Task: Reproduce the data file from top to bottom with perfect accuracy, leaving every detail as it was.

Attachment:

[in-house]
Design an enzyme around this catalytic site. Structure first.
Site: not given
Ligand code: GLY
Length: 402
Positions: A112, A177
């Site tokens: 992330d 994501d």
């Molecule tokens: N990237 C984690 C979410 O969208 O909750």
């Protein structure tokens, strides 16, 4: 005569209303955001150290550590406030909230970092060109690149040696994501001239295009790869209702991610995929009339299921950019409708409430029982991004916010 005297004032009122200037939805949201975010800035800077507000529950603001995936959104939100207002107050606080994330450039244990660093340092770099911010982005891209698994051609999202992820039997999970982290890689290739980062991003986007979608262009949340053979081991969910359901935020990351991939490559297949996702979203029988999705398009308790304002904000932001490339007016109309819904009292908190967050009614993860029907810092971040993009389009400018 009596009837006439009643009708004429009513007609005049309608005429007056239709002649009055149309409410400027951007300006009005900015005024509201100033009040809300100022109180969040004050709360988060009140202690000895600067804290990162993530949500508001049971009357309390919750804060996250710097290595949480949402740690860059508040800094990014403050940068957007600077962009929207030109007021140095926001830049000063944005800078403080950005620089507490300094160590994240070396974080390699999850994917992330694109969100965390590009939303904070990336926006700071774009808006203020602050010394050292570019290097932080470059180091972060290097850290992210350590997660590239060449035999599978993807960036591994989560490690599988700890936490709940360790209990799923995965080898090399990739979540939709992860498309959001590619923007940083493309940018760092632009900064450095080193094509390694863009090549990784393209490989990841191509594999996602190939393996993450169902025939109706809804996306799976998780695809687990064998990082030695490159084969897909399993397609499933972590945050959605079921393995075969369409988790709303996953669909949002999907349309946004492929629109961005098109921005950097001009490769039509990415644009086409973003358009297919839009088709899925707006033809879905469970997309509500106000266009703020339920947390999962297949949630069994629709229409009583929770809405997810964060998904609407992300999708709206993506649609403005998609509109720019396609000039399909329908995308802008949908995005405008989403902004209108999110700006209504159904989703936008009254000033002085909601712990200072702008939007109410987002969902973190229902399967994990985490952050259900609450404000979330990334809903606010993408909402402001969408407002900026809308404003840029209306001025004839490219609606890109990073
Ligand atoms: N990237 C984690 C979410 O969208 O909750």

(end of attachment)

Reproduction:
[in-house]
Design an enzyme around this catalytic site. Structure first.
Site: not given
Ligand code: GLY
Length: 402
Positions: A112, A177
């Site tokens: 992330d 994501d």
């Molecule tokens: N990237 C984690 C979410 O969208 O909750």
């Protein structure tokens, strides 16, 4: 005569209303955001150290550590406030909230970092060109690149040696994501001239295009790869209702991610995929009339299921950019409708409430029982991004916010 005297004032009122200037939805949201975010800035800077507000529950603001995936959104939100207002107050606080994330450039244990660093340092770099911010982005891209698994051609999202992820039997999970982290890689290739980062991003986007979608262009949340053979081991969910359901935020990351991939490559297949996702979203029988999705398009308790304002904000932001490339007016109309819904009292908190967050009614993860029907810092971040993009389009400018 009596009837006439009643009708004429009513007609005049309608005429007056239709002649009055149309409410400027951007300006009005900015005024509201100033009040809300100022109180969040004050709360988060009140202690000895600067804290990162993530949500508001049971009357309390919750804060996250710097290595949480949402740690860059508040800094990014403050940068957007600077962009929207030109007021140095926001830049000063944005800078403080950005620089507490300094160590994240070396974080390699999850994917992330694109969100965390590009939303904070990336926006700071774009808006203020602050010394050292570019290097932080470059180091972060290097850290992210350590997660590239060449035999599978993807960036591994989560490690599988700890936490709940360790209990799923995965080898090399990739979540939709992860498309959001590619923007940083493309940018760092632009900064450095080193094509390694863009090549990784393209490989990841191509594999996602190939393996993450169902025939109706809804996306799976998780695809687990064998990082030695490159084969897909399993397609499933972590945050959605079921393995075969369409988790709303996953669909949002999907349309946004492929629109961005098109921005950097001009490769039509990415644009086409973003358009297919839009088709899925707006033809879905469970997309509500106000266009703020339920947390999962297949949630069994629709229409009583929770809405997810964060998904609407992300999708709206993506649609403005998609509109720019396609000039399909329908995308802008949908995005405008989403902004209108999110700006209504159904989703936008009254000033002085909601712990200072702008939007109410987002969902973190229902399967994990985490952050259900609450404000979330990334809903606010993408909402402001969408407002900026809308404003840029209306001025004839490219609606890109990073
Ligand atoms: N990237 C984690 C979410 O969208 O909750």